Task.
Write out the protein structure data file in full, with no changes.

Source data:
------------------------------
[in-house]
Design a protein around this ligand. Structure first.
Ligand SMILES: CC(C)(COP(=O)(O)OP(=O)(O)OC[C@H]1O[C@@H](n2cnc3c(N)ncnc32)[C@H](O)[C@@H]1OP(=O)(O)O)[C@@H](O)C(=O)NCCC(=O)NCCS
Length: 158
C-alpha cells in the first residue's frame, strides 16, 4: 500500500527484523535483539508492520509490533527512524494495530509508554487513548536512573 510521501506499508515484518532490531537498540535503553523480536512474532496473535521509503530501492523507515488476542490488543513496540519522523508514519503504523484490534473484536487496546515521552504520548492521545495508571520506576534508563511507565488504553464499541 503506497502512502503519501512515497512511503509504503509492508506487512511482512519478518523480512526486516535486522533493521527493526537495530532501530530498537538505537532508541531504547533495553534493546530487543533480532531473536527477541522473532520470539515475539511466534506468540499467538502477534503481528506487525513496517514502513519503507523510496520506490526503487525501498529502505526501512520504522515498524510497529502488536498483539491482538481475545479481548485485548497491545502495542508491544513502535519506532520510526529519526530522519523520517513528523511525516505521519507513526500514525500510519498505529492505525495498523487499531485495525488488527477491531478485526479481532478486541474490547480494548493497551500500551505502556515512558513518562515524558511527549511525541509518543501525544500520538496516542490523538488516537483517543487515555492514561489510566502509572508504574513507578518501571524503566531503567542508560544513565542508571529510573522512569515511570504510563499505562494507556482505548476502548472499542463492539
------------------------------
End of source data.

[in-house]
Design a protein around this ligand. Structure first.
Ligand SMILES: CC(C)(COP(=O)(O)OP(=O)(O)OC[C@H]1O[C@@H](n2cnc3c(N)ncnc32)[C@H](O)[C@@H]1OP(=O)(O)O)[C@@H](O)C(=O)NCCC(=O)NCCS
Length: 158
C-alpha cells in the first residue's frame, strides 16, 4: 500500500527484523535483539508492520509490533527512524494495530509508554487513548536512573 510521501506499508515484518532490531537498540535503553523480536512474532496473535521509503530501492523507515488476542490488543513496540519522523508514519503504523484490534473484536487496546515521552504520548492521545495508571520506576534508563511507565488504553464499541 503506497502512502503519501512515497512511503509504503509492508506487512511482512519478518523480512526486516535486522533493521527493526537495530532501530530498537538505537532508541531504547533495553534493546530487543533480532531473536527477541522473532520470539515475539511466534506468540499467538502477534503481528506487525513496517514502513519503507523510496520506490526503487525501498529502505526501512520504522515498524510497529502488536498483539491482538481475545479481548485485548497491545502495542508491544513502535519506532520510526529519526530522519523520517513528523511525516505521519507513526500514525500510519498505529492505525495498523487499531485495525488488527477491531478485526479481532478486541474490547480494548493497551500500551505502556515512558513518562515524558511527549511525541509518543501525544500520538496516542490523538488516537483517543487515555492514561489510566502509572508504574513507578518501571524503566531503567542508560544513565542508571529510573522512569515511570504510563499505562494507556482505548476502548472499542463492539